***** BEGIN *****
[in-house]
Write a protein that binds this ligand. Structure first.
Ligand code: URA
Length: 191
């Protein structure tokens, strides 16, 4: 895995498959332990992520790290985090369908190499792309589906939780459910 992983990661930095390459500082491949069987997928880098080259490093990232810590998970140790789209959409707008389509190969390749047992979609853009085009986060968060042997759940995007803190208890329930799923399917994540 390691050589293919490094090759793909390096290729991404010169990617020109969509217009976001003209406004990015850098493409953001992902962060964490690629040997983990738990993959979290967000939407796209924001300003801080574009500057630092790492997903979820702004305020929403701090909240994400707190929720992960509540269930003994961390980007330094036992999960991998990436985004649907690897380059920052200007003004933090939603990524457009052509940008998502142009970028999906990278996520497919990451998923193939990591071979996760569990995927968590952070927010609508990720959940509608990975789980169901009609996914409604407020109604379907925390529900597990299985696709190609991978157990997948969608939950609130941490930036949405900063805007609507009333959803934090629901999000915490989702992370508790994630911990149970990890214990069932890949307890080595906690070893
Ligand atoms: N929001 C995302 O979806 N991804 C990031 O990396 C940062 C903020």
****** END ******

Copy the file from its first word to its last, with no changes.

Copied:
[in-house]
Write a protein that binds this ligand. Structure first.
Ligand code: URA
Length: 191
């Protein structure tokens, strides 16, 4: 895995498959332990992520790290985090369908190499792309589906939780459910 992983990661930095390459500082491949069987997928880098080259490093990232810590998970140790789209959409707008389509190969390749047992979609853009085009986060968060042997759940995007803190208890329930799923399917994540 390691050589293919490094090759793909390096290729991404010169990617020109969509217009976001003209406004990015850098493409953001992902962060964490690629040997983990738990993959979290967000939407796209924001300003801080574009500057630092790492997903979820702004305020929403701090909240994400707190929720992960509540269930003994961390980007330094036992999960991998990436985004649907690897380059920052200007003004933090939603990524457009052509940008998502142009970028999906990278996520497919990451998923193939990591071979996760569990995927968590952070927010609508990720959940509608990975789980169901009609996914409604407020109604379907925390529900597990299985696709190609991978157990997948969608939950609130941490930036949405900063805007609507009333959803934090629901999000915490989702992370508790994630911990149970990890214990069932890949307890080595906690070893
Ligand atoms: N929001 C995302 O979806 N991804 C990031 O990396 C940062 C903020």